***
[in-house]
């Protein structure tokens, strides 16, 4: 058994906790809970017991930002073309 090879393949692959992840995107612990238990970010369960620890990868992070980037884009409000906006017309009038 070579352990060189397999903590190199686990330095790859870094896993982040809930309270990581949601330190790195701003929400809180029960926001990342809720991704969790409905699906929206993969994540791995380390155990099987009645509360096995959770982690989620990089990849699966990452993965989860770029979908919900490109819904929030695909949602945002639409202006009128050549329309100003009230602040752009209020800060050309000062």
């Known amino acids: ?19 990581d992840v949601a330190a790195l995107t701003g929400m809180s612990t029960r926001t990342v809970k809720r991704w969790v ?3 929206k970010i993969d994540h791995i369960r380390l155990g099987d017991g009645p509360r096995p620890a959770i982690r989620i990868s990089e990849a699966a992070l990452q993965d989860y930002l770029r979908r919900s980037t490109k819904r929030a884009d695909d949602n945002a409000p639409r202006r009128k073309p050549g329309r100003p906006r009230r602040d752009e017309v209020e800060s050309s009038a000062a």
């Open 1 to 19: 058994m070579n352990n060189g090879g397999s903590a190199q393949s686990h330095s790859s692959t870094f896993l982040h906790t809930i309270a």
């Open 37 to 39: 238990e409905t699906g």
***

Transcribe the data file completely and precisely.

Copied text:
[in-house]
């Protein structure tokens, strides 16, 4: 058994906790809970017991930002073309 090879393949692959992840995107612990238990970010369960620890990868992070980037884009409000906006017309009038 070579352990060189397999903590190199686990330095790859870094896993982040809930309270990581949601330190790195701003929400809180029960926001990342809720991704969790409905699906929206993969994540791995380390155990099987009645509360096995959770982690989620990089990849699966990452993965989860770029979908919900490109819904929030695909949602945002639409202006009128050549329309100003009230602040752009209020800060050309000062």
């Known amino acids: ?19 990581d992840v949601a330190a790195l995107t701003g929400m809180s612990t029960r926001t990342v809970k809720r991704w969790v ?3 929206k970010i993969d994540h791995i369960r380390l155990g099987d017991g009645p509360r096995p620890a959770i982690r989620i990868s990089e990849a699966a992070l990452q993965d989860y930002l770029r979908r919900s980037t490109k819904r929030a884009d695909d949602n945002a409000p639409r202006r009128k073309p050549g329309r100003p906006r009230r602040d752009e017309v209020e800060s050309s009038a000062a």
């Open 1 to 19: 058994m070579n352990n060189g090879g397999s903590a190199q393949s686990h330095s790859s692959t870094f896993l982040h906790t809930i309270a």
């Open 37 to 39: 238990e409905t699906g």